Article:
Chapter 9, Part 2
The door that Kel led her to was what appeared to be a little-used service entrance, poorly patrolled, and Dena gave a silent acknowledgment of Ke’ls thieving instincts. The door itself was another matter, and while there wasn’t a door in the world that could stand before a proper application of the First Law. However, Dena did not want to leave evidence of her presence, so she turned her attention to the lock itself.
“You’re a thief,” she said to Kel. “How are you at lockpicking?”
“Excellent,” he replied. “And expert enough to know that you’re looking at an example created by Master Polun of Adaria, and I’ve heard of lesser locks placed on kingdom treasuries. The best thief in the world couldn’t pick that lock.”
“You could have just said that,” Dena muttered.
“I believe I just did. Though you can be sure that, although this is an archive, not a treasury, whatever is behind that lock is something this kingdom values very highly.”
That, Dena recognized, was a good point. While proper books in and of themselves had value, such records as were doubtless kept here were not the sort of thing any king would want wandering about for a potential enemy to read. The fact that Kel’s report indicated that Marta and her companion had spent several hours inside only intrigued her more.
I need to know what Marta found out today, and whatever that is will be inside.
“Mistress, I could only watch from a high window. I know that Marta and her companion looked at several books and ledgers. Which ones? Well…one was bound in red leather. The rest were all dark, including what looked like accounts ledgers. Even given that we can gain entry, how do you plan to locate these?”
“I think I will have help,” Dena said. “We will see. As for the rest, I don’t want to break the lock—and believe me, I could—so I must rely on you again.”
Dena was quite aware of the passing of time, and while that section of the building’s exterior appeared to be sparsely patrolled, that did not mean that there wouldn’t be a city guardsman passing by sooner or later. She studied the way the door fitted and found it frustratingly well-made except for the rightmost bottom corner below the hinge, where she saw a small sliver of greater blackness and judged its size.
“Gnat,” she said, and now Kel was a small black insect buzzing the air around her face. “Through that crack,” she said, “and if you’re not through it by the time I could thirty, you’d best be on this side again.”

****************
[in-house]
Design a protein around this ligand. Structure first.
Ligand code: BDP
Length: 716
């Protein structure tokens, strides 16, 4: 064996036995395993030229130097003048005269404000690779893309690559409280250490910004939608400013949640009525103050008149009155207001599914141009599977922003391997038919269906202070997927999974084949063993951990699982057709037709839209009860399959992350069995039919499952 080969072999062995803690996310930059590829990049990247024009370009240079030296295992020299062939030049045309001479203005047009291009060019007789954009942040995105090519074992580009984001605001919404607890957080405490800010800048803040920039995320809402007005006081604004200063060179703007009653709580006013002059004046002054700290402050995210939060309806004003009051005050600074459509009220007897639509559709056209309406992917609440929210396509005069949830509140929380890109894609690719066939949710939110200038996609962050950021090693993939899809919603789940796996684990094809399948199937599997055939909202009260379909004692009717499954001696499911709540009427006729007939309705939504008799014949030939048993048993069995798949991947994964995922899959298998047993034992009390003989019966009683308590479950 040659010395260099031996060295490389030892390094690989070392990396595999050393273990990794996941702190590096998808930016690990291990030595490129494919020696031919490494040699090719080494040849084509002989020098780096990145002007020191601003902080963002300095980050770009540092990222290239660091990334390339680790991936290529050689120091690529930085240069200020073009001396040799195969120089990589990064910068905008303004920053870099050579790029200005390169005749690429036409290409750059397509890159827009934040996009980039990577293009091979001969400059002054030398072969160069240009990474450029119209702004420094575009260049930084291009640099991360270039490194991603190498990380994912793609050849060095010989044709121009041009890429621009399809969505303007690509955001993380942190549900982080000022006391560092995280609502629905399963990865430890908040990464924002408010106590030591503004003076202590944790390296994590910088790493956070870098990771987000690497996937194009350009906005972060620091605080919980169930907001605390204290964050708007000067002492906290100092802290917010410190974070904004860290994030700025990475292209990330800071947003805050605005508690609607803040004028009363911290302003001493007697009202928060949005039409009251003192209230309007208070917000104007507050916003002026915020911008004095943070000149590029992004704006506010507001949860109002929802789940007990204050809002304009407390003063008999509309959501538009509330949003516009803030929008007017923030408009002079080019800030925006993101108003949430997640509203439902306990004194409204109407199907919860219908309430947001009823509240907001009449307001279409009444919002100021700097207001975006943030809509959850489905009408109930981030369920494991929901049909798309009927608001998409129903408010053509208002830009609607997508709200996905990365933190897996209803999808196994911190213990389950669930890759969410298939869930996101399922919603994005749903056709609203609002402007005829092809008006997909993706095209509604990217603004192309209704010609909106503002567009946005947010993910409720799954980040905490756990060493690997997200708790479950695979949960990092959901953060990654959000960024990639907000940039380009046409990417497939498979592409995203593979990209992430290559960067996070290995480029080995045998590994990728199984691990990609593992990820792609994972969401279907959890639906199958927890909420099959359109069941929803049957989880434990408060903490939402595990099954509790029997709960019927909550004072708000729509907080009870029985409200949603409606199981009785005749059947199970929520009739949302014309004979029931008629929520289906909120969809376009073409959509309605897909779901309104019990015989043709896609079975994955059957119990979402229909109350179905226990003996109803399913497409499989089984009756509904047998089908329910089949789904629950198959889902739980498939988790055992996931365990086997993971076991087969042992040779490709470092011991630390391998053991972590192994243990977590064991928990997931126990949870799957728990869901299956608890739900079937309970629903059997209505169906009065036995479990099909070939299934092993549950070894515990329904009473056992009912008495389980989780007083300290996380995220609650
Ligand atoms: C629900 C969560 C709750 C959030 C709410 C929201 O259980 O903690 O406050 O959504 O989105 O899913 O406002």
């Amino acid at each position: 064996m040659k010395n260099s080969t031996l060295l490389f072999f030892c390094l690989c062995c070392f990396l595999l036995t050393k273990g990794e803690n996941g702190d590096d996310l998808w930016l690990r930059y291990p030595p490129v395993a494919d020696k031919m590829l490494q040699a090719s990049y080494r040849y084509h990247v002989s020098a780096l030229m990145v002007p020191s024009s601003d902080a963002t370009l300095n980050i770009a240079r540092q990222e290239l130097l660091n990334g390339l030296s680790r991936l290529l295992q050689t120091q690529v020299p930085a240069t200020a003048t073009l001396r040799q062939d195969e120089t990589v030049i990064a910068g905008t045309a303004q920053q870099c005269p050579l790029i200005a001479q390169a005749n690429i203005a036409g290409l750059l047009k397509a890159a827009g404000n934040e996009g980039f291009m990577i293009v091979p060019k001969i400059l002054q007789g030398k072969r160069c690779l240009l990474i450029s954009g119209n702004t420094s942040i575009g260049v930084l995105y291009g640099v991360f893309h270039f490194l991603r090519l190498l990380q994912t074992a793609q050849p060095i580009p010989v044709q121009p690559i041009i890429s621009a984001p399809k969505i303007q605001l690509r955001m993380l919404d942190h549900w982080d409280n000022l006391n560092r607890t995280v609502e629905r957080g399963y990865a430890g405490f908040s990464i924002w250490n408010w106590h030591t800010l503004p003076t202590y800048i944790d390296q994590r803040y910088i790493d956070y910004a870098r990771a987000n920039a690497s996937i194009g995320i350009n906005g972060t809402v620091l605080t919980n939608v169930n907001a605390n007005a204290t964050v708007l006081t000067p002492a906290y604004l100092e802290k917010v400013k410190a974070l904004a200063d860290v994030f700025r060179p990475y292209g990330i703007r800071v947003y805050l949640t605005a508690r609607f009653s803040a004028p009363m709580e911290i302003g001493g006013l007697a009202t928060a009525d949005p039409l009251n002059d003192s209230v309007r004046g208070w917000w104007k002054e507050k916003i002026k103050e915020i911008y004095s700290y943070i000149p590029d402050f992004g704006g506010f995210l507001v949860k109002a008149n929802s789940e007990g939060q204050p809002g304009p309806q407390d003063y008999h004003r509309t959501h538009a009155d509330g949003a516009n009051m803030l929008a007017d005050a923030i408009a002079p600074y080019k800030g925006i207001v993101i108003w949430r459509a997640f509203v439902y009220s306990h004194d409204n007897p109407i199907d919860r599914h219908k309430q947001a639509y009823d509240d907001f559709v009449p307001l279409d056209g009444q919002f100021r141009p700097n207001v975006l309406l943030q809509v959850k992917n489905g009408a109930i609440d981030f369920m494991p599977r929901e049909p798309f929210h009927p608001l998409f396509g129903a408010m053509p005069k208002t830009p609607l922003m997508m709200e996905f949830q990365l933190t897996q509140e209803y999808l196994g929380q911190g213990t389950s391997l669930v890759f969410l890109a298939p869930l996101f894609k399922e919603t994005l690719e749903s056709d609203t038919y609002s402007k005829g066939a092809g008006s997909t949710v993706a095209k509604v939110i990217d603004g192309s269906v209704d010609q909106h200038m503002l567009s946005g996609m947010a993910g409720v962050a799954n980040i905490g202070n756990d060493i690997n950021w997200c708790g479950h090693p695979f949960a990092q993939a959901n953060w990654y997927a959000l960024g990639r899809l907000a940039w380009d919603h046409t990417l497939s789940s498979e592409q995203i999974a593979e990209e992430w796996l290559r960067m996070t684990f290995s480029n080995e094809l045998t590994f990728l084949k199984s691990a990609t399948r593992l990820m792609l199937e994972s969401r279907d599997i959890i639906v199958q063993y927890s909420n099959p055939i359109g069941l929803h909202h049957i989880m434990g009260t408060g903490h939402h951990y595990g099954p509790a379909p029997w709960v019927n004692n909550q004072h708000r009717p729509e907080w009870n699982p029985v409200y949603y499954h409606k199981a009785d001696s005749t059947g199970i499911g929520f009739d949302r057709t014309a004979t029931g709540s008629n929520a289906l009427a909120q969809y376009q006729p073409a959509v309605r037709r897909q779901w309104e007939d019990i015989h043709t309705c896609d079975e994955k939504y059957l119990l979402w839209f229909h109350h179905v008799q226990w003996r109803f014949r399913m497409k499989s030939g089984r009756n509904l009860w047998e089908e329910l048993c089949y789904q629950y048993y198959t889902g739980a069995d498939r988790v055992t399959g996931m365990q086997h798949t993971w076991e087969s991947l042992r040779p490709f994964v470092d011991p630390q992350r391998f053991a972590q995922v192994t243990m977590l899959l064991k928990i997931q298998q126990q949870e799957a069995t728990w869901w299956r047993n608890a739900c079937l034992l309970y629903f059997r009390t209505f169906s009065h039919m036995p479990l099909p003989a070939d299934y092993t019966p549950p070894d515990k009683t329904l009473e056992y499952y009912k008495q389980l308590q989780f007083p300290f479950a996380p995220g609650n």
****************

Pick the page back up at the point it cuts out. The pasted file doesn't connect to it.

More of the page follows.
Kel, even as a gnat, clearly understood her meaning. He landed on the threshold and immediately disappeared into the crack as Dena started counting.
“Man,” she said aloud, and was somewhat relieved that there was no sudden eruption of blood from the bottom of the door. Instead after a short delay she heard a satisfying click as Kel opened the lock from the inside. The door opened just wide enough to admit her and Dena walked through as Kel closed the door softly behind her.
“It was fortunate that this particular lock was designed to be opened easily from the inside,” he said. “Some of Master Polun’s creations require a key on both sides.”
“Luck is one of the many things I’ve never been able to count on,” Dena said.
“Have you ever noticed how very large the world is?” Kel asked. “Especially when spiders are the size of haystacks?”
“Stop talking and look for those books,” Dena said.
“Even in this poor light I see more than a score of them with red covers. Where did you want to start, Mistress?”
Annoying as he could be, Kel had a point. Dena knew they didn’t have very long before either dawn or a guard came by, and the chances of them locating any of the ledgers was next to none, as there were several thousand of them scattered around on the shelves, all bound in a similar fashion. On the other hand, books bound in red leather were finite. “Look for one that appears to have been moved recently, a disturbance of the dust, anything.”
This proved easier than Dena had feared, but in the end the search produced two books which told her absolutely nothing. The most interesting was account of a meeting with a famous dark magician five hundred years in the past, but there was nothing there about the Laws. She’d known from the start that this particular path was likely to end against a wall of stone, but being right did not make her feel any better about it. She’d hoped to feel a pull of the Law when she was anywhere near it, but that was a foolish idea. Unless she read the same piece of information that Marta had, there was nothing to create the necessary link.
Even assuming that there was some information here of significance to the search for the Laws, I would need to know what Marta knows in order to recognize it.
And there she was, back to the crux of the matter—now as before, at least one step behind Marta. At this rate, Marta would find what she was looking for, and Dena likely would not.
That has to change.
“Kel, we’re leaving.”
“Good. By my estimate, we have but ten minutes before the guard returns.”
“Can we lock the door behind us, or do I need to make you a gnat again?”
“I can set it to lock, if it is all the same to you. I’ve seen enough spiders from the gnat’s perspective.”
Dena understood. She was starting to feel the same way.
((End Part 2))
©2014 Richard Parks